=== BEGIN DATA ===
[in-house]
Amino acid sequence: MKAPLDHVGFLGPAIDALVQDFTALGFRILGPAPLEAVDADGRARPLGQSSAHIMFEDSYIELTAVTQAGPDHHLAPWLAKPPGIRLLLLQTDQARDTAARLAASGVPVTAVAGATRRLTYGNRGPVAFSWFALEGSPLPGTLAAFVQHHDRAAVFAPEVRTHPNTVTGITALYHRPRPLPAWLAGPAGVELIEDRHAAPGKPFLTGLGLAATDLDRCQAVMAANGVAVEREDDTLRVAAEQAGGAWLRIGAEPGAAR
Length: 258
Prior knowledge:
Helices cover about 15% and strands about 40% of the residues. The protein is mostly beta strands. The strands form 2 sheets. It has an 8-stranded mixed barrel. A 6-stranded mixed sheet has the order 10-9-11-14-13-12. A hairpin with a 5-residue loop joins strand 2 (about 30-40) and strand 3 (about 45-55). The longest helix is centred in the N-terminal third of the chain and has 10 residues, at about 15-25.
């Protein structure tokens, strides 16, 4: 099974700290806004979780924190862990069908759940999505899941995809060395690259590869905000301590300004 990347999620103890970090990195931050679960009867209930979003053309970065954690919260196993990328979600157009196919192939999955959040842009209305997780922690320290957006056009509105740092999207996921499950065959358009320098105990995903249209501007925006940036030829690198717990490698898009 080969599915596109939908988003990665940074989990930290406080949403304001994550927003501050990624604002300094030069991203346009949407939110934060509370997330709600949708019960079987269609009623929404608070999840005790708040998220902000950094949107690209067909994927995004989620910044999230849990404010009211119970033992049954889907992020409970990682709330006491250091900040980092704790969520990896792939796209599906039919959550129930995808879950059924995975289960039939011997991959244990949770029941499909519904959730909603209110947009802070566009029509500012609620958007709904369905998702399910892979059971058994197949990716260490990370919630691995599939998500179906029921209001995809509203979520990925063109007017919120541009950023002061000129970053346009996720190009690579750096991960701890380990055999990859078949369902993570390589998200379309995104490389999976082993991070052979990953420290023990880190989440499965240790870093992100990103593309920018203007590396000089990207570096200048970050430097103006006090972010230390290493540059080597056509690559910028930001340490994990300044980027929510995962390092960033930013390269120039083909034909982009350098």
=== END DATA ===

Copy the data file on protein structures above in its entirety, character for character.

[in-house]
Amino acid sequence: MKAPLDHVGFLGPAIDALVQDFTALGFRILGPAPLEAVDADGRARPLGQSSAHIMFEDSYIELTAVTQAGPDHHLAPWLAKPPGIRLLLLQTDQARDTAARLAASGVPVTAVAGATRRLTYGNRGPVAFSWFALEGSPLPGTLAAFVQHHDRAAVFAPEVRTHPNTVTGITALYHRPRPLPAWLAGPAGVELIEDRHAAPGKPFLTGLGLAATDLDRCQAVMAANGVAVEREDDTLRVAAEQAGGAWLRIGAEPGAAR
Length: 258
Prior knowledge:
Helices cover about 15% and strands about 40% of the residues. The protein is mostly beta strands. The strands form 2 sheets. It has an 8-stranded mixed barrel. A 6-stranded mixed sheet has the order 10-9-11-14-13-12. A hairpin with a 5-residue loop joins strand 2 (about 30-40) and strand 3 (about 45-55). The longest helix is centred in the N-terminal third of the chain and has 10 residues, at about 15-25.
């Protein structure tokens, strides 16, 4: 099974700290806004979780924190862990069908759940999505899941995809060395690259590869905000301590300004 990347999620103890970090990195931050679960009867209930979003053309970065954690919260196993990328979600157009196919192939999955959040842009209305997780922690320290957006056009509105740092999207996921499950065959358009320098105990995903249209501007925006940036030829690198717990490698898009 080969599915596109939908988003990665940074989990930290406080949403304001994550927003501050990624604002300094030069991203346009949407939110934060509370997330709600949708019960079987269609009623929404608070999840005790708040998220902000950094949107690209067909994927995004989620910044999230849990404010009211119970033992049954889907992020409970990682709330006491250091900040980092704790969520990896792939796209599906039919959550129930995808879950059924995975289960039939011997991959244990949770029941499909519904959730909603209110947009802070566009029509500012609620958007709904369905998702399910892979059971058994197949990716260490990370919630691995599939998500179906029921209001995809509203979520990925063109007017919120541009950023002061000129970053346009996720190009690579750096991960701890380990055999990859078949369902993570390589998200379309995104490389999976082993991070052979990953420290023990880190989440499965240790870093992100990103593309920018203007590396000089990207570096200048970050430097103006006090972010230390290493540059080597056509690559910028930001340490994990300044980027929510995962390092960033930013390269120039083909034909982009350098």